Chip Somodevilla/Getty Images(NEW YORK) — CNN is amending their GOP debate criteria, likely allowing former Hewlett-Packard CEO Carly Fiorina to join the other top-tier candidates on the prime time debate stage.
The news –- announced Tuesday evening –- comes after Fiorina waged a personal and public war against the network and the Republican National Committee over their previous debate rules, which served to bar her from the main event.
“A lack of national public polling following the August 6 debate has so far provided only three new polls to determine the lineup for the Regan Presidential Debate,” according to a CNN statement. “As a result, CNN reevaluated its criteria and decided to add a provision that better reflects the state of the race since the first Republican presidential debate in August, the network announced [Tuesday].”
Under the previous rules, CNN would consider polls stretching all the way back to mid-July, meaning that most of the polls included in Fiorina’s average place her in the low single digits before her much-heralded performance in the FOX News undercard debate last month.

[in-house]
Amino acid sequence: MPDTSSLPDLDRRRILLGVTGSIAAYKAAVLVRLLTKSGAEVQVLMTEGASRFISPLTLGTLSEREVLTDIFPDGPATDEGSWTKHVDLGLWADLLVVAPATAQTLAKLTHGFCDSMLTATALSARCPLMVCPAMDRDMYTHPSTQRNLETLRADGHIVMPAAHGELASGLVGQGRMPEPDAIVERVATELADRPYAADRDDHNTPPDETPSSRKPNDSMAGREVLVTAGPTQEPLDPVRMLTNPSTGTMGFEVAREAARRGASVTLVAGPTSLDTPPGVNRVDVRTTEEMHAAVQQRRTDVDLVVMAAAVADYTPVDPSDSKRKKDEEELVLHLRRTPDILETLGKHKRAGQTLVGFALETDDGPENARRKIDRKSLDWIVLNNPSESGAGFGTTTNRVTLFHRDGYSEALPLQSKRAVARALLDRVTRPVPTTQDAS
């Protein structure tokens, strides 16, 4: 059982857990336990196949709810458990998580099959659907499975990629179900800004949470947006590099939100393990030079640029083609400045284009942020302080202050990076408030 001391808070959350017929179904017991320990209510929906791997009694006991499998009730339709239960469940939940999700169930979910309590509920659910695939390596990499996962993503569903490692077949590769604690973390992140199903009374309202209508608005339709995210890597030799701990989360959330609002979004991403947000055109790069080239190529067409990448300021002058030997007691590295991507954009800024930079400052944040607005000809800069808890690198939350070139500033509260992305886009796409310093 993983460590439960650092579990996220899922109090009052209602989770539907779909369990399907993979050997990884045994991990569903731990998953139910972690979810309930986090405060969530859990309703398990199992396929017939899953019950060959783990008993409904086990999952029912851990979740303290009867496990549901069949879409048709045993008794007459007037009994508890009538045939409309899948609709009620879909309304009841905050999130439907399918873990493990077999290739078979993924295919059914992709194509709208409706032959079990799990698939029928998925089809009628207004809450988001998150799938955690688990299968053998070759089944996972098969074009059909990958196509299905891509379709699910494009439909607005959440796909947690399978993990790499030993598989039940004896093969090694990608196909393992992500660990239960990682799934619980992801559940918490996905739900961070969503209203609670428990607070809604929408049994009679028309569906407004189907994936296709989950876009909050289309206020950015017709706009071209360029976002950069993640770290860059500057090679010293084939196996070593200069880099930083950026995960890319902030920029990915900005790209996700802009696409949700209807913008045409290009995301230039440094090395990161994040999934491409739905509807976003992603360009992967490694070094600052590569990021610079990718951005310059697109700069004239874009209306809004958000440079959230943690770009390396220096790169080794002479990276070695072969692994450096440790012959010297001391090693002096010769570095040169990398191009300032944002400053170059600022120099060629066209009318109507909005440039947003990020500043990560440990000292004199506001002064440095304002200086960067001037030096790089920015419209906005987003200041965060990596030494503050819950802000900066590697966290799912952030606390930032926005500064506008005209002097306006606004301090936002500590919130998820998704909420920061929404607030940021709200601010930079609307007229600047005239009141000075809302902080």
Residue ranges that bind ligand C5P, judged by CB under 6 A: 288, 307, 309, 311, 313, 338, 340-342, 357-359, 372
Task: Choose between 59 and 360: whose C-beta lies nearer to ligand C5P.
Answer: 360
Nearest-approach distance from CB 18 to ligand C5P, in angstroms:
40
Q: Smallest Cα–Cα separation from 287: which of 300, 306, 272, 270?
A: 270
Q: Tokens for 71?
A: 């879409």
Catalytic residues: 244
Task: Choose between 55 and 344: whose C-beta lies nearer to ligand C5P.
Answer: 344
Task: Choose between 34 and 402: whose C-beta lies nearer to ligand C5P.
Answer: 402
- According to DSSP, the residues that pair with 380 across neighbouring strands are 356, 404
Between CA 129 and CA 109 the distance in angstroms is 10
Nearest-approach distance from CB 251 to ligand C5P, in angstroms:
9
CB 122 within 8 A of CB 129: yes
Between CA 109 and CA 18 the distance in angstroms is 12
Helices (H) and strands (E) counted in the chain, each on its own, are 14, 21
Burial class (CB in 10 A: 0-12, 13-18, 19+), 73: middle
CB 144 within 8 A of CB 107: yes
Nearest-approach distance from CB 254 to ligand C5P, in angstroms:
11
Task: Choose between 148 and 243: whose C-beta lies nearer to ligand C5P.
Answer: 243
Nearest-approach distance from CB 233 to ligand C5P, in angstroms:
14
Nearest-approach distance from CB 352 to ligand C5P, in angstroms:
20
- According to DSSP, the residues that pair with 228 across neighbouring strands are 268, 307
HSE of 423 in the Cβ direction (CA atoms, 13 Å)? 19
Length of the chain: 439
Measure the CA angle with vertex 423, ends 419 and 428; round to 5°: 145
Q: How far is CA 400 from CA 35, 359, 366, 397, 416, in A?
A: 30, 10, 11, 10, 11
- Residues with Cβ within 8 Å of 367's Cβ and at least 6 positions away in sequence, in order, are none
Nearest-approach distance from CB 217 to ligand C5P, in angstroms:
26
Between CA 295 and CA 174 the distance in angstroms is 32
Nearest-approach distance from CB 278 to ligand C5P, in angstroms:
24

But now, CNN says that any candidate who was in the top 10 in polls from Aug. 6 to Sept. 6 will be included on the main stage.
A new poll from Monmouth University out Monday shows Fiorina placing third in the essential, first-in-the-nation caucus state of Iowa, behind only Donald Trump and Ben Carson. She has also garnered a solid 5 percent of the vote in each of three national polls since the first debate.
Republican National Committee Chairman Reince Priebus applauded the amended debate criteria. “I applaud CNN for recognizing its historic nature of this debate and fully support the network’s decision to amend the criteria,” Priebus said in a statement.
But the stage is still not set. The polling cutoff will ultimately decide Carly Fiorina’s fate, however her chances are now much better.
Prior to CNN’s rule change, Fiorina was averaging at 1.9 percent, but with the new debate criteria, Fiorina now averages at 5 percent, according to an ABC News analysis on who’s in and wo’s out for the next debate.
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